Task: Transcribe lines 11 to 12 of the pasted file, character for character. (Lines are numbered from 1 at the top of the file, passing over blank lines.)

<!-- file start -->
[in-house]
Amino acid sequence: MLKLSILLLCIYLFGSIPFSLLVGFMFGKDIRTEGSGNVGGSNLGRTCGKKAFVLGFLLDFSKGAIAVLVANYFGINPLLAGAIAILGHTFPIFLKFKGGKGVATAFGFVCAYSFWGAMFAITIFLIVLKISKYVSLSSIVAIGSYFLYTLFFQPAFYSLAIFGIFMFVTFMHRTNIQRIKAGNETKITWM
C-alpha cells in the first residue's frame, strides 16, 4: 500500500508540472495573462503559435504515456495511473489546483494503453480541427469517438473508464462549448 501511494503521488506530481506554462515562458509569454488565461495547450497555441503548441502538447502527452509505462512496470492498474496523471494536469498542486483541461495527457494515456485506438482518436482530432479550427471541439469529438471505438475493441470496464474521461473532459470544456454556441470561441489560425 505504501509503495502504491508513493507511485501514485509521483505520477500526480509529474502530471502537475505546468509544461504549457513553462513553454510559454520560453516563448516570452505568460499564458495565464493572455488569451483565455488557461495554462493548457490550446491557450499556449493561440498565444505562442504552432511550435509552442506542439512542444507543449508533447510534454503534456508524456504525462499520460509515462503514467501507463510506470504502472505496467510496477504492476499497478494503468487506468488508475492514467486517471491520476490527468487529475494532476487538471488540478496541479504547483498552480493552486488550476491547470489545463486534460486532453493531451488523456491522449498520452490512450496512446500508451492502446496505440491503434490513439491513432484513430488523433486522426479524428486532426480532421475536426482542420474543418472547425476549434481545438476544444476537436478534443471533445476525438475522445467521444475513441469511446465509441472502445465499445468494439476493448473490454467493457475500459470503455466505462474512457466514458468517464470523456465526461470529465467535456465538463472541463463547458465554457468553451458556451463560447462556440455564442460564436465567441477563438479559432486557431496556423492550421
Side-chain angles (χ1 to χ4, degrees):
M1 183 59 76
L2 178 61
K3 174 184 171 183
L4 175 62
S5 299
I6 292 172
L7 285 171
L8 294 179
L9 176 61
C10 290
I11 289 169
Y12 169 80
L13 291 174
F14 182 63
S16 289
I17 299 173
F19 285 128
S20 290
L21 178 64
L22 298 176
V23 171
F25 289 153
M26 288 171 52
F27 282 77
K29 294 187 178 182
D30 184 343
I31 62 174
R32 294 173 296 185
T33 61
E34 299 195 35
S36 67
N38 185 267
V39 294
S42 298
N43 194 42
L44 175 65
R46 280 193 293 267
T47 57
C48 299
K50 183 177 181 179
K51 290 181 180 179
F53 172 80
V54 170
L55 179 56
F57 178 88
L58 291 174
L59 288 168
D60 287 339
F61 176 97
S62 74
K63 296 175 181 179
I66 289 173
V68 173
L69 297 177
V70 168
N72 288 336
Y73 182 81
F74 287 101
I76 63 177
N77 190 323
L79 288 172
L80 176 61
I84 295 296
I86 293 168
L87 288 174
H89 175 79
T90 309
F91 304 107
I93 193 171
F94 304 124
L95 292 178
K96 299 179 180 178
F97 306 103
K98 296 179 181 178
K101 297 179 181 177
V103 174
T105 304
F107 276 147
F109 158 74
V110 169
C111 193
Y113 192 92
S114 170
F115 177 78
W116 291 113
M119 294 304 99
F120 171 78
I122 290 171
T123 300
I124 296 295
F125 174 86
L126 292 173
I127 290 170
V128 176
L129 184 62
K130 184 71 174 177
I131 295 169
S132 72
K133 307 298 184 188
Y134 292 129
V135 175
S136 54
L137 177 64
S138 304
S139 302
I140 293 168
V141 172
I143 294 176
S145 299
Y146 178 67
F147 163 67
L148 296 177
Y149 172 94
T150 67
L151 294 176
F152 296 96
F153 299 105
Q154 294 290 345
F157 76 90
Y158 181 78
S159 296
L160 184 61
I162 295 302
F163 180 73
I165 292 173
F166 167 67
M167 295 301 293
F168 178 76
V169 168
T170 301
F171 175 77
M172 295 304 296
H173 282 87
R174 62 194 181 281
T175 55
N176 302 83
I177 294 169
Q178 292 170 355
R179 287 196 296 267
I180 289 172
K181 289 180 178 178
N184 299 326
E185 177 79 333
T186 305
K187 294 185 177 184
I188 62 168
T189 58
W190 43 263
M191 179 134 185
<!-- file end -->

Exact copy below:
L7 285 171
L8 294 179